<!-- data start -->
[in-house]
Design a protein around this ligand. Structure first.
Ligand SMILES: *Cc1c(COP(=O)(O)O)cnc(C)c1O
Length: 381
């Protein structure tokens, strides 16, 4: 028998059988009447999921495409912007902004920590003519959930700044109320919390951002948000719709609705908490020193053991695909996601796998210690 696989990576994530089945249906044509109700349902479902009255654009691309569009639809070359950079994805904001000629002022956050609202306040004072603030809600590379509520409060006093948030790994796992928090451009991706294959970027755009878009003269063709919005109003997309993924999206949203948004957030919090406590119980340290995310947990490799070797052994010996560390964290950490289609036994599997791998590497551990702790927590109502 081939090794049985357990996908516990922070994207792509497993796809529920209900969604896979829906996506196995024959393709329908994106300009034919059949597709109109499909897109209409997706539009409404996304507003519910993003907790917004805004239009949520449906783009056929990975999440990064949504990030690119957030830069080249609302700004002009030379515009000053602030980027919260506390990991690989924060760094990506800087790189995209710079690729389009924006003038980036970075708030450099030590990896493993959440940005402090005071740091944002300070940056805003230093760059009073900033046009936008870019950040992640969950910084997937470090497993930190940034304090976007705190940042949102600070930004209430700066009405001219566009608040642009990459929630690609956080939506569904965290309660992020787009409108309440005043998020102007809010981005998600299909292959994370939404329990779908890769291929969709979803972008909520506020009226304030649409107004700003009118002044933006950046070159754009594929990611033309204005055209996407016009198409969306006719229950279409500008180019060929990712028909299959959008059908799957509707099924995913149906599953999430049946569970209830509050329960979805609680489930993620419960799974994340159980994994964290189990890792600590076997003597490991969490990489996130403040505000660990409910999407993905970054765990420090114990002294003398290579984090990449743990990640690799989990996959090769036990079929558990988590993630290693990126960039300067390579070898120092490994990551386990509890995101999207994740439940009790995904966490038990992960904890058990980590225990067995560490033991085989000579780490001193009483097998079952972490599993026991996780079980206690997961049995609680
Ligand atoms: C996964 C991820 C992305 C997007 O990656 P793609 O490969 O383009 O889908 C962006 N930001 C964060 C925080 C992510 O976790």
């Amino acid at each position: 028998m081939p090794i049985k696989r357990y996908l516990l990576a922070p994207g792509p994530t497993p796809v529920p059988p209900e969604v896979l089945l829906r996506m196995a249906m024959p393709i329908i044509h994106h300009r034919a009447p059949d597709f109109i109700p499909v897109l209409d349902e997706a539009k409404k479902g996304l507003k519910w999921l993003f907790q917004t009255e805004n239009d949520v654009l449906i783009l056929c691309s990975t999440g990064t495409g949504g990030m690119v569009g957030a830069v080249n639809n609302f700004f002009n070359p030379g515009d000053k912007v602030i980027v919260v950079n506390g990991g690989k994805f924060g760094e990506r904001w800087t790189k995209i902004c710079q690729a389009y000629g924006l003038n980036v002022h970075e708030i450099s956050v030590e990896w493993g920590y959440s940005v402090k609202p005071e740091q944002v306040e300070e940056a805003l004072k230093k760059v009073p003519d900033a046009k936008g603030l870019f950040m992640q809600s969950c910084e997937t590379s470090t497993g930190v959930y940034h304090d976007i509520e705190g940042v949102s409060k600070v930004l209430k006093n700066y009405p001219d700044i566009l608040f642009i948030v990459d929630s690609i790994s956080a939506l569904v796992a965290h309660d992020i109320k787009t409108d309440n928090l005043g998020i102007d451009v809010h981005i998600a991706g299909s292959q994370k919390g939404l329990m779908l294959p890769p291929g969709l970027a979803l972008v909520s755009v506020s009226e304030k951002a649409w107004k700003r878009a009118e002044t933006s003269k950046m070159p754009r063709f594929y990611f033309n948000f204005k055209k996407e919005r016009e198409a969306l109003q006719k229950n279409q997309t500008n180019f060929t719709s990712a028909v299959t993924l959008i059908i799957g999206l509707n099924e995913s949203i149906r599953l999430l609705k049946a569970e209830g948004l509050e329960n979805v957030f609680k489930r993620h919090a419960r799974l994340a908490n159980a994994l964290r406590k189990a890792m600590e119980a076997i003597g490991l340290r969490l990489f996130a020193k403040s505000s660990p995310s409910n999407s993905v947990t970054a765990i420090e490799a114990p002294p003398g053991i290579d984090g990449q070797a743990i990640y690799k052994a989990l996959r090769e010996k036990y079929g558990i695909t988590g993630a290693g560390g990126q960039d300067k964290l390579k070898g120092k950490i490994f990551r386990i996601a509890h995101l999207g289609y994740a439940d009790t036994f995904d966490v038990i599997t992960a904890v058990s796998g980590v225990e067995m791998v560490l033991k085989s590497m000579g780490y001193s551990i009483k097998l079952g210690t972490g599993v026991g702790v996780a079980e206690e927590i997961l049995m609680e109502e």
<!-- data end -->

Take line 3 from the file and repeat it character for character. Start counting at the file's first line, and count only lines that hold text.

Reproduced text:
Ligand SMILES: *Cc1c(COP(=O)(O)O)cnc(C)c1O